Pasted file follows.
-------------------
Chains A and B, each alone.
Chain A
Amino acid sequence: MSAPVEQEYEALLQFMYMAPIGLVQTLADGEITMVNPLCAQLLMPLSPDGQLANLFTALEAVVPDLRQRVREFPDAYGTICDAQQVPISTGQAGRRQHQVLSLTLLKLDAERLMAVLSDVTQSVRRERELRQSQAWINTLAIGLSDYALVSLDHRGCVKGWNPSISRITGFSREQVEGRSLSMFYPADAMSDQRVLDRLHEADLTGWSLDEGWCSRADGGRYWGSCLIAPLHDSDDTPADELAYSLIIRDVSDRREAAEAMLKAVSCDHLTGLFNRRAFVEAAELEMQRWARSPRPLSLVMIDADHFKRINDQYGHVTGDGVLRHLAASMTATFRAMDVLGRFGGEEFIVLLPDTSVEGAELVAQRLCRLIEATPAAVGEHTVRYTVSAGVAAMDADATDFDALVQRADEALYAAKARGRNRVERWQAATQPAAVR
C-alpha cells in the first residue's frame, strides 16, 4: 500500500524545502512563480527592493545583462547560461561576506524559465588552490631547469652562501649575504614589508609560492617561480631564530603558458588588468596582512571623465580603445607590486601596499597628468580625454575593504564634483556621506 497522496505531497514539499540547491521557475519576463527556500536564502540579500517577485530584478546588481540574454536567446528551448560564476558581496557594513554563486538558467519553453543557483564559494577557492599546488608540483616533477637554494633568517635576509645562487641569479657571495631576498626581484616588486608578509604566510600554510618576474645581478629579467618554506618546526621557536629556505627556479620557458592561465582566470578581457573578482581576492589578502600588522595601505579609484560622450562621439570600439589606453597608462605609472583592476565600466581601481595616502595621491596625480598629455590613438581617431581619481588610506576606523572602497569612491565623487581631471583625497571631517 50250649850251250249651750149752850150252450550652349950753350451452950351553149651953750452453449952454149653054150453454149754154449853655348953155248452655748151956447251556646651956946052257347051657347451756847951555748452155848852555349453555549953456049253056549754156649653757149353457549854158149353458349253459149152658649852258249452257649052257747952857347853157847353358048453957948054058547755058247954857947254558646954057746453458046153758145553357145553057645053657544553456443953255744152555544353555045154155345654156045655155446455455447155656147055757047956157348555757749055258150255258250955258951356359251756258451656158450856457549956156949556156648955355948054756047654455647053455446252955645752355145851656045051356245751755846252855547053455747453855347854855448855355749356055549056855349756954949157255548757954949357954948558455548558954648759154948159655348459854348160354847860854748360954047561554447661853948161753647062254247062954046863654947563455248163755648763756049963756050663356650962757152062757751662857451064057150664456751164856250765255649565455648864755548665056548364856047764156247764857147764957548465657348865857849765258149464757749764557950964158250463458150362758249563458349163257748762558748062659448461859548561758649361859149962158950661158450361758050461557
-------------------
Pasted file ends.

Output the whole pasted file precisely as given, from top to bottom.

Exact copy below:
Chains A and B, each alone.
Chain A
Amino acid sequence: MSAPVEQEYEALLQFMYMAPIGLVQTLADGEITMVNPLCAQLLMPLSPDGQLANLFTALEAVVPDLRQRVREFPDAYGTICDAQQVPISTGQAGRRQHQVLSLTLLKLDAERLMAVLSDVTQSVRRERELRQSQAWINTLAIGLSDYALVSLDHRGCVKGWNPSISRITGFSREQVEGRSLSMFYPADAMSDQRVLDRLHEADLTGWSLDEGWCSRADGGRYWGSCLIAPLHDSDDTPADELAYSLIIRDVSDRREAAEAMLKAVSCDHLTGLFNRRAFVEAAELEMQRWARSPRPLSLVMIDADHFKRINDQYGHVTGDGVLRHLAASMTATFRAMDVLGRFGGEEFIVLLPDTSVEGAELVAQRLCRLIEATPAAVGEHTVRYTVSAGVAAMDADATDFDALVQRADEALYAAKARGRNRVERWQAATQPAAVR
C-alpha cells in the first residue's frame, strides 16, 4: 500500500524545502512563480527592493545583462547560461561576506524559465588552490631547469652562501649575504614589508609560492617561480631564530603558458588588468596582512571623465580603445607590486601596499597628468580625454575593504564634483556621506 497522496505531497514539499540547491521557475519576463527556500536564502540579500517577485530584478546588481540574454536567446528551448560564476558581496557594513554563486538558467519553453543557483564559494577557492599546488608540483616533477637554494633568517635576509645562487641569479657571495631576498626581484616588486608578509604566510600554510618576474645581478629579467618554506618546526621557536629556505627556479620557458592561465582566470578581457573578482581576492589578502600588522595601505579609484560622450562621439570600439589606453597608462605609472583592476565600466581601481595616502595621491596625480598629455590613438581617431581619481588610506576606523572602497569612491565623487581631471583625497571631517 50250649850251250249651750149752850150252450550652349950753350451452950351553149651953750452453449952454149653054150453454149754154449853655348953155248452655748151956447251556646651956946052257347051657347451756847951555748452155848852555349453555549953456049253056549754156649653757149353457549854158149353458349253459149152658649852258249452257649052257747952857347853157847353358048453957948054058547755058247954857947254558646954057746453458046153758145553357145553057645053657544553456443953255744152555544353555045154155345654156045655155446455455447155656147055757047956157348555757749055258150255258250955258951356359251756258451656158450856457549956156949556156648955355948054756047654455647053455446252955645752355145851656045051356245751755846252855547053455747453855347854855448855355749356055549056855349756954949157255548757954949357954948558455548558954648759154948159655348459854348160354847860854748360954047561554447661853948161753647062254247062954046863654947563455248163755648763756049963756050663356650962757152062757751662857451064057150664456751164856250765255649565455648864755548665056548364856047764156247764857147764957548465657348865857849765258149464757749764557950964158250463458150362758249563458349163257748762558748062659448461859548561758649361859149962158950661158450361758050461557